By Jeanne Charters
Once upon a time, I was a Broadway chorus girl. In my dreams. Almost.
I actually wanted to be a Rockette but was somewhat hindered by the fact that I was a lousy dancer. My one dance lesson happened when I was six. My parents sent me for a tap class. When I got home, they said, “Okay, show us what you got.”
Proudly, I demonstrated. “Shuffle, hop, a-slap, ball change.” On both feet. Slightly winded, I stood there, hands extended, awaiting their applause.
“That’s it?” my mother said. Clearly, they had expected a junior grade Ruby Keeler (don’t ask—I only remember the name) and were deeply disappointed with my terpsichorean progress.
In their defense, money was tight in our family, so if you weren’t a prodigy, forget about lessons. My dad owned a small grocery store. My mother was, of course, a housewife. Crammed into our little house with the three of us were my father’s mother, Annie, and her sister, Aunt Nell. Aunt Nell was a maiden lady who would have enlivened Stephen King’s horror novels.
Ah yes, I remember her well. Nell O’Neill—the harridan who shared my bedroom. She despised children with a venom that rivaled the Wicked Witch of the West, so you can imagine how she felt about sharing a bedroom with little Miss non-tapdancer.
I got even with her by turning on Let’s Pretend every Saturday morning at 9:00 am. She hated Let’s Pretend, probably because Cinderella always got the Prince while the evil stepmother always got banned from the castle. Aunt Nell would have been rooting for the evil stepmother.
Aunt Nell popped her glass eye out just before bed every night and plopped it into a shot glass of water, which resided on the table between our twin beds. I must say, there are good things about sharing a room with someone like Aunt Nell. I credit her for my profound sense of the macabre developed during those midnight hours of rolling that eyeball around and around until it stared at me. I was four.
So no, I never danced on Broadway.
But oh, how I loved it!
Early on, it was determined I could sing. Not good enough to warrant lessons, but good enough to get me the leads in our high school musicals. I sang Josephine in the senior operetta, HMS Pinafore. Have you ever seen HMS Pinafore? No? Lucky you.
I believe that show was the genesis of my profound dislike of opera and operettas, which has lasted to this day. Fortunately, my husband shares that dislike though we have tried often to love opera. Especially after I saw Julia Roberts in that scene from Pretty Woman.
As Richard Gere said, you either love it or hate it. I basically believe my dislike of opera is a blatant sign that I have no class, but I can’t help it.
But my adoration of all things Broadway has never waned. I do wish sometimes that another Richard Rogers and Oscar Hammerstein III would come along so Broadway would be less packed with revivals.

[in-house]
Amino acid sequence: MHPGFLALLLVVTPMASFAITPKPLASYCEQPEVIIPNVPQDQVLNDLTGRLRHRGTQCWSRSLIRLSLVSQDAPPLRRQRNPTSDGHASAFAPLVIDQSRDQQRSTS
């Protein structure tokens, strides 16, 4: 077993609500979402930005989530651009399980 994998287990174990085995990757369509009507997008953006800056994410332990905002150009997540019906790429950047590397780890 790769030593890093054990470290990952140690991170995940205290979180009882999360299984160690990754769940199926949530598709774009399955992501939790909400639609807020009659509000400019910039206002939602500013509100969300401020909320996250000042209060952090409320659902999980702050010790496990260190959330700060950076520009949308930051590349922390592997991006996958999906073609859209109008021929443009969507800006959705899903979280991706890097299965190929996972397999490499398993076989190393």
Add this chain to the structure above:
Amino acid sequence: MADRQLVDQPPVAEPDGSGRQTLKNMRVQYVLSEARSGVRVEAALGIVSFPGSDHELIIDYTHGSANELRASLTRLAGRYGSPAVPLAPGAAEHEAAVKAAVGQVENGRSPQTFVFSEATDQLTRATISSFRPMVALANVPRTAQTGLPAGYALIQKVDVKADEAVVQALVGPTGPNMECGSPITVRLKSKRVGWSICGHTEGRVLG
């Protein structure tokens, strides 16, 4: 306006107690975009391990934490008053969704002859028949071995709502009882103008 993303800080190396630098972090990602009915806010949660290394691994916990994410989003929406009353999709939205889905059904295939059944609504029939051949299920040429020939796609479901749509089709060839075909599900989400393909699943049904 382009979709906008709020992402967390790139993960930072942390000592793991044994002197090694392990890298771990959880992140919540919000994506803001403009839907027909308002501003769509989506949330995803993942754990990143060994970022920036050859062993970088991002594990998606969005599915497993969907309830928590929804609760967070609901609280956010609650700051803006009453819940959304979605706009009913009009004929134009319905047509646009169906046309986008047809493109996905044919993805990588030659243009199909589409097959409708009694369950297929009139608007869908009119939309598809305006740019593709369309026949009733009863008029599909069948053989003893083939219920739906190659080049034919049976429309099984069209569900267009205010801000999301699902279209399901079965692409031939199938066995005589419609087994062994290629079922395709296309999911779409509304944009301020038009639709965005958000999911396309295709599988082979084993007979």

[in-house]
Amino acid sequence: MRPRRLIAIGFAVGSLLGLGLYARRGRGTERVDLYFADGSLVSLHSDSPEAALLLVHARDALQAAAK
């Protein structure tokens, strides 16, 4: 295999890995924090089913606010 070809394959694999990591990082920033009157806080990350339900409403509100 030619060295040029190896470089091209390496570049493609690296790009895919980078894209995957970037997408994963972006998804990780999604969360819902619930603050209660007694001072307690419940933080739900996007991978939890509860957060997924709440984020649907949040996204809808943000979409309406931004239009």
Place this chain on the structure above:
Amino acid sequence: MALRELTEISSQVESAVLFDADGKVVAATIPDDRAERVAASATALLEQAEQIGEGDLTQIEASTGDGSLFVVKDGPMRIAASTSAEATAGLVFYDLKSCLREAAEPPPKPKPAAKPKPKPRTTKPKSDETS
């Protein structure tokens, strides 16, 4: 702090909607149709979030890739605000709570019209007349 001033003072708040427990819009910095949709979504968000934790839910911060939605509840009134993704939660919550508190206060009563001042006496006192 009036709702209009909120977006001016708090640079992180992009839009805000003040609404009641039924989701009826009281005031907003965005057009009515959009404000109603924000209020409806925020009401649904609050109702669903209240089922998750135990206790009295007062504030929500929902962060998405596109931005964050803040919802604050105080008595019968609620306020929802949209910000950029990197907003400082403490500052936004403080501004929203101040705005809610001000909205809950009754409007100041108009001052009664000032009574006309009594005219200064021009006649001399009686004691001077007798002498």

There have been some shows nearly as good as South Pacific and Carousel, but not many. Unless you count Beauty and the Beast, Phantom of the Opera, Company, Pippin, L’Cage, and Mame. Oh, and I nearly forgot Wicked and The Producers.
We saw The Producers in New York just before we moved to North Carolina. It was in previews, so no reviews had been posted. I wasn’t excited about seeing this Broadway show because I wasn’t mad about Mel Brooks. Although I’d enjoyed Young Frankenstein, Blazing Saddles had seemed like a long fart joke to me. I suppose that’s why every man I’ve ever known still talks about it.
Anyway, I walked into The Producers with a slightly turned-up nose and a decidedly turned-off attitude.
That lasted until the old ladies danced on their walkers. Once I started laughing, I never stopped—even through the shudder-inducing “Springtime for Hitler” number with its chorus girls in Gestapo uniforms featuring pretzel-covered breasts and crotches adorned with beer steins. The huge rhinestone swastika glittering in the mirrored ceiling was so over the top it was almost uncomfortable. Until the audience realized no one could mistake the whole shtick for anything but brilliant satire.
Mel Brooks said later that the best way to demean a monster was to make him ridiculous. He was right. Hitler, mincing and prancing around that stage would have made the real demon turn over in his grave.
We are blessed in Western North Carolina with wonderful theater. I was worried about that when we moved here. Not any longer. We enjoy season tickets for North Carolina Stage productions downtown, one of the most innovative theaters I’ve ever experienced. Flat Rock produces musicals as good as New York. SART is an excellent Equity house, and HART in Waynesville redefines the term “amateur theater” nearly every time its curtain opens. Our own Asheville Community Theater offers sparkling and compelling plays and musicals on a regular basis.
So much so that I think all these local theaters would think my rendering of Stella in Albany’s Streetcar Named Desire pathetically amateur. That’s why I don’t act any more.
Funny, isn’t it? Not only did I not ever dance on Broadway. I don’t think I could even get a part here in Asheville. If I ever change my mind about that, you will be the first to know.
Jeanne Charters, a transplant from New York, is a writer living in Asheville with her husband, Matt Restivo. Her collection of columns, “Funny, isn’t it?” is available at Malaprops, Mountain Made in the Grove Arcade, or at jeannecharters.com.
She has written three novels and has acquired an agent for her young adult novel, “Shanty Gold.” Jeanne is working on edits, per that agent, and hopes to have a publisher this year. She can be reached at firstname.lastname@example.org.